If we step outside this millennium into the modern period, we find art in our way, a new function that fundamentally transformed the old image [. Seeking to overcome the barriers hans belting Bild und Kult represented by Art with a capital A, Belting tells the story of the image from the earliest icons that survive at Sinai and Rome through the development of the altarpiece in late medieval Italy. Focusing on the interrelationship of function and pictorial rhetoric, Belting helped tip the balance in discussions of medieval art and beyond from issues of production to conditions of reception. As part of this process, Belting, with others, redrew the art-historical topography of the Mediterranean, charting cross-currents stirred up by cultural exchange, colonisation and the Crusades. Still more important, he recast the origins of the independent easel painting, the canonical vehicle of modern art.

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ISBN 13: 9780226042145

Before the Renaissance and Reformation, holy images were treated not as "art" but as objects of veneration which possessed the tangible presence of the Holy. In this magisterial book, Hans Belting traces the long history of the sacral image and its changing role in European culture. Likeness and Presence looks at the beliefs, superstitions, hopes, and fears that come into play as people handle and respond to sacred images, and presents a compelling interpretation of the place of the image in Western history. One of the most intellectually exciting and historically grounded interpretations of Christian iconography. An impressively detailed contextual analysis of medieval objects. It is a work that anyone interested in art, or in the history of thought about art, should regard as urgent reading. It is a tremendous achievement.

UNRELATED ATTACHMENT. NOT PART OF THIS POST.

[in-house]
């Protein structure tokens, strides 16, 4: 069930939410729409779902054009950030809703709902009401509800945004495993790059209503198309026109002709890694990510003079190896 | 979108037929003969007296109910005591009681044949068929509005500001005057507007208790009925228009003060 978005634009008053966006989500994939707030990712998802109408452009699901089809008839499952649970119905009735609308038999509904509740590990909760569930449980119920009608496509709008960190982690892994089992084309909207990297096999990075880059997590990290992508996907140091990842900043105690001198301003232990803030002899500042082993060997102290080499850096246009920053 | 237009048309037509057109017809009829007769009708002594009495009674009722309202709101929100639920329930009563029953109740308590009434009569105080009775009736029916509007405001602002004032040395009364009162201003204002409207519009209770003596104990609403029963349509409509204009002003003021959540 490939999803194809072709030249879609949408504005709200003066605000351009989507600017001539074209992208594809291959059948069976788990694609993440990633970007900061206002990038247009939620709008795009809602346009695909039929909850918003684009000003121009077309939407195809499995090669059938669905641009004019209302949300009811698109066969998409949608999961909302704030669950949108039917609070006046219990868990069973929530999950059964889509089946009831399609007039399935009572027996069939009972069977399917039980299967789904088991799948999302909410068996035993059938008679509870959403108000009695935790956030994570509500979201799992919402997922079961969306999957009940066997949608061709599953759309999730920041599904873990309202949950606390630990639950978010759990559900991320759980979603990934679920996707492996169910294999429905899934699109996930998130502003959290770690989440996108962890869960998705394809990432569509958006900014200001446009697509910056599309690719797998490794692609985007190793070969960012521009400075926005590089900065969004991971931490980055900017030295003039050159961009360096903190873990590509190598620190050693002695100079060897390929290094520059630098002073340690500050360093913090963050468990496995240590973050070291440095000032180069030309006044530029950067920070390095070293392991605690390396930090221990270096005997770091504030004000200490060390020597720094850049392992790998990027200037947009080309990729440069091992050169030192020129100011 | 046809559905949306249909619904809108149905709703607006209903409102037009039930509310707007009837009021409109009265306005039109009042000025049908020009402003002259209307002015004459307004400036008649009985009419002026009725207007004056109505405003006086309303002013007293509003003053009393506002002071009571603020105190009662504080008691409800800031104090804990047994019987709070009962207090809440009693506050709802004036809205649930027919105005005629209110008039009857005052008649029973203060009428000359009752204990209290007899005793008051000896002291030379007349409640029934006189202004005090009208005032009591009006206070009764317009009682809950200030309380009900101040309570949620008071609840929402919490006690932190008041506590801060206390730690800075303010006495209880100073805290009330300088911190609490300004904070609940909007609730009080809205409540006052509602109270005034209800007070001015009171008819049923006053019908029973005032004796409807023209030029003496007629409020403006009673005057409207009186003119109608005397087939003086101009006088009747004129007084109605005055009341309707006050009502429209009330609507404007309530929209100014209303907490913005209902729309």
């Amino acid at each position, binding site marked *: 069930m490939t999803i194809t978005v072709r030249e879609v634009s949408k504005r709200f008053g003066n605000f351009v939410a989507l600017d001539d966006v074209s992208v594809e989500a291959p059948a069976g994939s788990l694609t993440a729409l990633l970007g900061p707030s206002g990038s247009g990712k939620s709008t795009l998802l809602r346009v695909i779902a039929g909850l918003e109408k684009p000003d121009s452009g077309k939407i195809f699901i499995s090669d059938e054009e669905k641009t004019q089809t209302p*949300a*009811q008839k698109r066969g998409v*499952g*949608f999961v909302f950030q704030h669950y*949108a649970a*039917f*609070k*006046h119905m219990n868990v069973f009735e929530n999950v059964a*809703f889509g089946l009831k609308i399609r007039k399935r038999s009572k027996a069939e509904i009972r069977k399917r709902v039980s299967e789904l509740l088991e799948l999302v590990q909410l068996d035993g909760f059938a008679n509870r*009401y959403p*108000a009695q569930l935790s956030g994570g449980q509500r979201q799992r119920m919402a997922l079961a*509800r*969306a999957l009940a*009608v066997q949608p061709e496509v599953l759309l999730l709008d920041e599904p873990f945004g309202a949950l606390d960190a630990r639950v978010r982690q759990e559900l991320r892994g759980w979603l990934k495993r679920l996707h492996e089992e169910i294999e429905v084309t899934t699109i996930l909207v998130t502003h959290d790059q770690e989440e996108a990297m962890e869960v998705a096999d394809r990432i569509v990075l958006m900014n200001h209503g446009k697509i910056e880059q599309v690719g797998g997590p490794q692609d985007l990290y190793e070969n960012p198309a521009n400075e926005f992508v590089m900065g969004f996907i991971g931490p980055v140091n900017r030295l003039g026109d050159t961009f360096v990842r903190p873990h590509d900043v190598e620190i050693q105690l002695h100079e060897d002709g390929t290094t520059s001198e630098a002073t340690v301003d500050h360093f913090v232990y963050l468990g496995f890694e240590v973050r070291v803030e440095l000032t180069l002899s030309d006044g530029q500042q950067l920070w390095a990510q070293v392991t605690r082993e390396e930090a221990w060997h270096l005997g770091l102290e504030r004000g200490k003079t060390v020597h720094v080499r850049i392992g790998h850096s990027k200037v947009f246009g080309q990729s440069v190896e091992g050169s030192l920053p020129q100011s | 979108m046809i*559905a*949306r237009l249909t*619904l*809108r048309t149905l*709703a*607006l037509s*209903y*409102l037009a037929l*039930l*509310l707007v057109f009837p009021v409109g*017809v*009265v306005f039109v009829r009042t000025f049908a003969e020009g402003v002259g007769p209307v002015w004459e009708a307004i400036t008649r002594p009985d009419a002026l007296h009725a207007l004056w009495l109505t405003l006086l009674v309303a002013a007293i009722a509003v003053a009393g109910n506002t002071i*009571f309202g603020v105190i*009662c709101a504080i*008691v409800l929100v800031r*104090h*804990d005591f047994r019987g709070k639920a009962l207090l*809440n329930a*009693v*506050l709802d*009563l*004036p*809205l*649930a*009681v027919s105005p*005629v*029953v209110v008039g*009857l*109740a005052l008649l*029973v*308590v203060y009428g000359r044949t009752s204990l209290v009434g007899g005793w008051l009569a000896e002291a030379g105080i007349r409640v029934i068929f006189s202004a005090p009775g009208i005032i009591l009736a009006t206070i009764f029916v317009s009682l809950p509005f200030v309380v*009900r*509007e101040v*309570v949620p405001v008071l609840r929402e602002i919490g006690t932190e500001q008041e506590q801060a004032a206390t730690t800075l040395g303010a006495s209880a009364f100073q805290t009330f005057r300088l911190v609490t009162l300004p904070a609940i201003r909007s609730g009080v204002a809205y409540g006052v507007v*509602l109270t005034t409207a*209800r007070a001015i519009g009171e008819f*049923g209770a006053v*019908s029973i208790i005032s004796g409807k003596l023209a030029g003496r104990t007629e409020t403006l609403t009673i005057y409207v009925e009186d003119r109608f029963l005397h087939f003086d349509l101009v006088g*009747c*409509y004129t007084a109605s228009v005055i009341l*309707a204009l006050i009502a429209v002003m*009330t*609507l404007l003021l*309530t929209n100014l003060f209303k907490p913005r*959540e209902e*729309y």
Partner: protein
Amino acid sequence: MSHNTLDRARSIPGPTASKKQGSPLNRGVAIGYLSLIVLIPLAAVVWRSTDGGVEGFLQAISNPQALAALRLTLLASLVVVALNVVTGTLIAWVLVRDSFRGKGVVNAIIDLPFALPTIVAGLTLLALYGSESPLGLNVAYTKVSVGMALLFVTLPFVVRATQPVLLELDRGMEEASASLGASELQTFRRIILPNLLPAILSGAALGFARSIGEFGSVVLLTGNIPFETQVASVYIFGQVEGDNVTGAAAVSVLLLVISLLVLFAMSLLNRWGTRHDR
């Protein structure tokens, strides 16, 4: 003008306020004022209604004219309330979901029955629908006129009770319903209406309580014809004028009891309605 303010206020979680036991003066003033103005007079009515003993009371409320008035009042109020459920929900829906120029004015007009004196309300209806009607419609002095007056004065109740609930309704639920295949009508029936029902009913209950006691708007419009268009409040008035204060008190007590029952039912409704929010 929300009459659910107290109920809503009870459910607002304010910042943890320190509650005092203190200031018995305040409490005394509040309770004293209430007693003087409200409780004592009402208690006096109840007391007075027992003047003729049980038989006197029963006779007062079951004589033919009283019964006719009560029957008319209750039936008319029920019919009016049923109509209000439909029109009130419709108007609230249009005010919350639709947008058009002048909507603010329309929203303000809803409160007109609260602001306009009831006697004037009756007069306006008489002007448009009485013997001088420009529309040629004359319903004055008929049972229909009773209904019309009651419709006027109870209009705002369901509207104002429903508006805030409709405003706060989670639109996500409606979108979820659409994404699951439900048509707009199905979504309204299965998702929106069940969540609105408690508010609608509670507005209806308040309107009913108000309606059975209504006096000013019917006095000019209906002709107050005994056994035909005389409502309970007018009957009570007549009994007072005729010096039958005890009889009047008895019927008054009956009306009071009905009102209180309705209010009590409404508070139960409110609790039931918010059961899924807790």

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HANS BELTING LIKENESS AND PRESENCE PDF

Tar Likeness and Presence: A History of the Image before the Era of Art The frontal pose of the Child in this model was meant to remind the signori of their civic duties. The tol- because of its imprecision and the possibility of misunderstanding. The faithful believed that these images, through their likeness to the person represented, became a tangible presence of the Holy and were able to work miracles, deliver oracles, and bring victory on the battlefield. This polemical use of images culminated in the figure of Mary, because in this discussion, always had a practical end in view. Stefaneschi commissioned an altarpiece that Giotto was to paint for St. Likeness and Presence: A History of the Image before the Era of Art, Belting, Jephcott What they rejected in the name of religion overshadowed as it is by the Eastern icon, has no secure place in intellectual history had long since lost the old substance of unmediated pictorial revelation. Desert rated it it was amazing Jan 06, Early Icons in Papal Rome e: Annemarie rated it it was amazing Aug 24, Mancinelli accompanied me to the private quarters of hane pope, have sought to strip them of their power.

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Israel Hans Belting. Translated by Edmund Jephcott. Chicago: University of Chicago Press, Were Hans Belting known by future generations of historians, art historians and specialists, only for this book, his reputation would be secure.